In a follow-up interview after his initial post, Helgi Magnús repeated his position, saying that it was neither abnormal for people to lie about their sexuality in asylum applications, nor for the government to investigate their claims. He said he was not commenting on a specific case, but more generally. He also questioned whether a person’s sexuality should be a factor in their receiving asylum over someone else.

Asked to speak to his comments about there being “no shortage of gays in Iceland,” Helgi said he really liked gay people and had never had anything against them. (At time of writing, Helgi Magnús had added a ‘Pride 2022’ frame on his Facebook profile photo.) He said he didn’t want to comment further on the matter because there was no reason to. The fact that his comments had aroused significant comment and coverage in the media was simply a result of a series of slow news days in Iceland, he said, and could hardly be considered real news.

Álfur Birkir was circumspect about Helgi Magnús’ response, saying that it was all well and good to hear that the Deputy Director had nothing against gay people but that it was time to see that in action.

“It’s good to hear,” he remarked, “I only wish him well with that, but it would be good to see that in action, then. As an arm of the system, he has a great responsibility—not only to show ‘ahostility,’ but also literal affection as part of the system.”

Proving sexuality ‘something that heterosexual people would never have to do’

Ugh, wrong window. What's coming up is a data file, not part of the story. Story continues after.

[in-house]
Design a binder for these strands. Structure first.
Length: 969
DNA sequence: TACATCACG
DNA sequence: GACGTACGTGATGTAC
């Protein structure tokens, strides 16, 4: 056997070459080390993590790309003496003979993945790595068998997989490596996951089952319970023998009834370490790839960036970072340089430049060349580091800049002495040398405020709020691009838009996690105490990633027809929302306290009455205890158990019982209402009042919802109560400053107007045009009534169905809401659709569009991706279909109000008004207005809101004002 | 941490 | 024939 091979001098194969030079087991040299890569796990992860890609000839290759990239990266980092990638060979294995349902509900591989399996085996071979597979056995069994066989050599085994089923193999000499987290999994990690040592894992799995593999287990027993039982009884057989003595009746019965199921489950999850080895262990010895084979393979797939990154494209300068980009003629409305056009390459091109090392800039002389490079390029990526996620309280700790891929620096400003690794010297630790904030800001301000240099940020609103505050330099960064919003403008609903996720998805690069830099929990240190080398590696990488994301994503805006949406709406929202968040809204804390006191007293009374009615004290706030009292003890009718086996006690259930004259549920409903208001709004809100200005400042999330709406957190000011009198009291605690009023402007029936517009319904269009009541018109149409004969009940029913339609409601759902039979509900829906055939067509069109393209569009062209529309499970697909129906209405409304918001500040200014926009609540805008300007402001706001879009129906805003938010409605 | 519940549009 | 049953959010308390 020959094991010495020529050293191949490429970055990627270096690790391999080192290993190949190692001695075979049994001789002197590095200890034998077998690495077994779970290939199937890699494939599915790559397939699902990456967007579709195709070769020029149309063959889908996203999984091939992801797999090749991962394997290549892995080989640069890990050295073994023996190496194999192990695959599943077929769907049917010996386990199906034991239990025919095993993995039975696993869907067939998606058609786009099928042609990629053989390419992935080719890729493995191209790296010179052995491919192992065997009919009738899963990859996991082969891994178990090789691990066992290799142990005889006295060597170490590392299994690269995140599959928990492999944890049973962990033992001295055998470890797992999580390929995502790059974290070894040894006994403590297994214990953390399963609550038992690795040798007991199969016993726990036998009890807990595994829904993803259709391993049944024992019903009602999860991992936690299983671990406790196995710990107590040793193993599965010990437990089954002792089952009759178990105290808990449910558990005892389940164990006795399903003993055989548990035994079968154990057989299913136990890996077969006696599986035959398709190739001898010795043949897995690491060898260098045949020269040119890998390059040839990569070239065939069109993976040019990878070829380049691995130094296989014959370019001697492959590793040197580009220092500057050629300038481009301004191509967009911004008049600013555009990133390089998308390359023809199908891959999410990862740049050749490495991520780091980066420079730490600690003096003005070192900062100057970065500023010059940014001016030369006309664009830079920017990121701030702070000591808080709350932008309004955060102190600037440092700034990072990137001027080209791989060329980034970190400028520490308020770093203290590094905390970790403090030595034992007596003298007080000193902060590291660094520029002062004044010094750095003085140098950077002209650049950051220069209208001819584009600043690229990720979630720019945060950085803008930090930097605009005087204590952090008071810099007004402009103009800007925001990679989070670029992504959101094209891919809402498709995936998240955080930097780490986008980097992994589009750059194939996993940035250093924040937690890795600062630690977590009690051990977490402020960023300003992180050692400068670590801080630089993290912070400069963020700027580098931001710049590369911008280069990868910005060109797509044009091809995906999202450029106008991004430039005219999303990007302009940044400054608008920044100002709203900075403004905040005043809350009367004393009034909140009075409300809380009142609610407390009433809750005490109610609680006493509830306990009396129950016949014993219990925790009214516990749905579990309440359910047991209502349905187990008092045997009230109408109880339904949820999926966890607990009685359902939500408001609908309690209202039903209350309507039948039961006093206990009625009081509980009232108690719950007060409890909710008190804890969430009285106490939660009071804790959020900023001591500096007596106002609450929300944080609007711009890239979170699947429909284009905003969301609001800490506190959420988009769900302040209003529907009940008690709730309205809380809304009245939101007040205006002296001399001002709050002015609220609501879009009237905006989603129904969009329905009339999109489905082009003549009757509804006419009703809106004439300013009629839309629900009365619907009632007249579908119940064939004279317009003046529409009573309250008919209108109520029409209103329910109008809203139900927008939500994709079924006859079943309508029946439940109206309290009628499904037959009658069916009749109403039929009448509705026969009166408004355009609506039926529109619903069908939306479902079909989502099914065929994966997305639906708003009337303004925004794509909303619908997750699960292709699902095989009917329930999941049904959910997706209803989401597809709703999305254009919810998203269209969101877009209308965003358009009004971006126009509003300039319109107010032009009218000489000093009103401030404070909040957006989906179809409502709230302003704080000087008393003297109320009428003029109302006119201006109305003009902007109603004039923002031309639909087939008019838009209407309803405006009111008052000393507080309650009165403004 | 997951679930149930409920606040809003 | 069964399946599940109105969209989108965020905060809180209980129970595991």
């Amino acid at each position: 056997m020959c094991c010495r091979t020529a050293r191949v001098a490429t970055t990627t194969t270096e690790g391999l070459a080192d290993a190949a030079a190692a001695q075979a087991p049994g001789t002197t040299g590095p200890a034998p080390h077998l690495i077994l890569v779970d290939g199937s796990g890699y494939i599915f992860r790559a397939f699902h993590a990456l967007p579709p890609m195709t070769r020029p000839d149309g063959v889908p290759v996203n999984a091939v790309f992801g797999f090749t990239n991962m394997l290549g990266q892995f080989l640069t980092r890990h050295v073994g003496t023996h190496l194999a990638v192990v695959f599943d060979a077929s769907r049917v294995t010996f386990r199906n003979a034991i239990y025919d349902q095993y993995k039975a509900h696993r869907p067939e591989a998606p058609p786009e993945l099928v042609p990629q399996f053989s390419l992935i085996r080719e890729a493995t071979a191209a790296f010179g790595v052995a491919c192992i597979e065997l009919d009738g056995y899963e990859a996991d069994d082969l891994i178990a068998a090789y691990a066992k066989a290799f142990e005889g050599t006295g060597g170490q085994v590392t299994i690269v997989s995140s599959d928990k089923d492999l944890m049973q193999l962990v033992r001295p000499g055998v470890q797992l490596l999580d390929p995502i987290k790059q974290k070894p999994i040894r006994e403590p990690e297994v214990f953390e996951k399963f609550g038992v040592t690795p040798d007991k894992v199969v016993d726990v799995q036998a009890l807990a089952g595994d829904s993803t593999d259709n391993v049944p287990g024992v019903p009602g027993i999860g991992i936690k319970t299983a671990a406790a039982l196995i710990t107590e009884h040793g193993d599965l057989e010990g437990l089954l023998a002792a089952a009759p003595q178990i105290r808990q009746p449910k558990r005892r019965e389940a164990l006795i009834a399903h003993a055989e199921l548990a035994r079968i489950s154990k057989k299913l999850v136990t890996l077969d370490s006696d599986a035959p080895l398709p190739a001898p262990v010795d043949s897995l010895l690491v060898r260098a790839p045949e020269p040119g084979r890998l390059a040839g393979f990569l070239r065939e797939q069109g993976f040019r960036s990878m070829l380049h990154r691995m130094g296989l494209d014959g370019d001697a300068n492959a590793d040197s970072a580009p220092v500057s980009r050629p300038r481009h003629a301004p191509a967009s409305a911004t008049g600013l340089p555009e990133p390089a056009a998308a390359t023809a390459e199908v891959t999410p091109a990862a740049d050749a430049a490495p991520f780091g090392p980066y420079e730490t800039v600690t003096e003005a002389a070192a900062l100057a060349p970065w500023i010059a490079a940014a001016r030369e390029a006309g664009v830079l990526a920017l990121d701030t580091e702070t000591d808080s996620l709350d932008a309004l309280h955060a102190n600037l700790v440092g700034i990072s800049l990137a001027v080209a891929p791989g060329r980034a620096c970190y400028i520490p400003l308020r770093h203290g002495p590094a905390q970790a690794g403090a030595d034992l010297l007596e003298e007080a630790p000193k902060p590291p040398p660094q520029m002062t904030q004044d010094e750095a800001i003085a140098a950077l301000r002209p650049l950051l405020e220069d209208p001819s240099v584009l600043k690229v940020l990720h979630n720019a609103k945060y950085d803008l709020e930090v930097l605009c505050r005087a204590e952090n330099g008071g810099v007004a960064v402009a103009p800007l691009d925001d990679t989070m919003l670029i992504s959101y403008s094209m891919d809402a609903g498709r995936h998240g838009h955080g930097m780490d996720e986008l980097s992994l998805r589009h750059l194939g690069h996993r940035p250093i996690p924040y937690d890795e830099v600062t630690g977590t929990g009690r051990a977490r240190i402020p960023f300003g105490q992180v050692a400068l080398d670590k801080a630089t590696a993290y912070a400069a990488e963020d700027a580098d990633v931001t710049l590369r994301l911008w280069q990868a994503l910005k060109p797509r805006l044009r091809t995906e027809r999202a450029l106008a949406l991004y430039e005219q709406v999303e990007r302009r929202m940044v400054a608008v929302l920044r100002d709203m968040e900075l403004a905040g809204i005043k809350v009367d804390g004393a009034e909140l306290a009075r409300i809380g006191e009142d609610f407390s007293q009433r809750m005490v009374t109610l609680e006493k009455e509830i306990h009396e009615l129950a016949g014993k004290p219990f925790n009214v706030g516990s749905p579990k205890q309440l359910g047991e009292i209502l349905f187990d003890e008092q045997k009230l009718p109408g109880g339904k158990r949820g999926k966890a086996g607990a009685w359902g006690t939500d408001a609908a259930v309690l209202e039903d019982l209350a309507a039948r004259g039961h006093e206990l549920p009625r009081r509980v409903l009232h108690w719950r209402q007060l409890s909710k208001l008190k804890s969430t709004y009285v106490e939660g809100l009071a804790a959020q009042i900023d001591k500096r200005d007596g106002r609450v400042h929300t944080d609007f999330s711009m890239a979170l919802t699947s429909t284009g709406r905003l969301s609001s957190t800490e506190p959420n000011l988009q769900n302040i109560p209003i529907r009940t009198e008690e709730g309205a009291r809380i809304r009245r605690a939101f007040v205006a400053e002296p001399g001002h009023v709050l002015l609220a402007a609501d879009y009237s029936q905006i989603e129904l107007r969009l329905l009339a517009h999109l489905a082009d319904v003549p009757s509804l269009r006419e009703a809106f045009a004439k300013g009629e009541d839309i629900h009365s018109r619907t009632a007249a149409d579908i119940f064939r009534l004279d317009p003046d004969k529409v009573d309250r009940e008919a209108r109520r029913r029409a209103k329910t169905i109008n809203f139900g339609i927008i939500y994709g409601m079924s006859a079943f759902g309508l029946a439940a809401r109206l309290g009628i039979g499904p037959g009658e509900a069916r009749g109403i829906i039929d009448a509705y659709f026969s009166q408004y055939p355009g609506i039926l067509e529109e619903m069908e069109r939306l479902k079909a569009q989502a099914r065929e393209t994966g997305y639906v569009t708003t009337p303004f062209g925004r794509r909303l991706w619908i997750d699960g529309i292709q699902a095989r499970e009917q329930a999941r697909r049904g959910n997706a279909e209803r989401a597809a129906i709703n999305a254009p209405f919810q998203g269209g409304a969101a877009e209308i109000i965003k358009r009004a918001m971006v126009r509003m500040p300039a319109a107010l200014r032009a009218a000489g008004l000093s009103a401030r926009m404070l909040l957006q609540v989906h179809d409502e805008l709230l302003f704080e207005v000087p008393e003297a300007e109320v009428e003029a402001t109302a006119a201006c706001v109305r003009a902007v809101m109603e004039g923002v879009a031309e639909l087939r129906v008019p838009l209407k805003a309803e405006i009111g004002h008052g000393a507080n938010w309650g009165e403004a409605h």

Left-Green PM Jódís Skúladóttir has since spoken out on the matter, not only against Helgi Magnús’ comments, but also against the injustice of making asylum seekers prove their sexuality.

 “These are extremely depressing comments that in reality, completely condemn themselves,” said Jódís. “It is, of course, a serious matter that people in positions of power, all the way from the bottom to the top in our system, give themselves permission to speak this way. I take this very seriously.”

“How unfortunately worded, that there’s no need for more gay people here,” she continued. “I don’t think we need any more white, heterosexual, middle-age men in management positions.”

In the interview that incited all this commentary, lawyer Helgi Þorsteinsson Silva also noted that LGBTQIA+ asylum seekers often have to go to great lengths to prove their sexuality, which is frequently called into question even if they are in a relationship or married.

Jódís spoke to this as well, saying, “It’s obviously crazy that people have to—at any time, for any reason—prove their sexuality, which is, of course, something that heterosexual people would never have to do.”

“I want to point out that here, in our society, which is considered progressive and tolerant in many respects, there are a lot of people who are reluctant to be open about their sexuality,” Jódís continued. “People are ostracized, rejected, subjected to violence—and that’s in this good, open society. Just imagine being a refugee, from a country where a death sentence might even await you. [Imagine] being in mortal danger if you are open about your sexuality. It’s obvious that you’re not going to advertise it on social media, that you haven’t publicly admitted it.”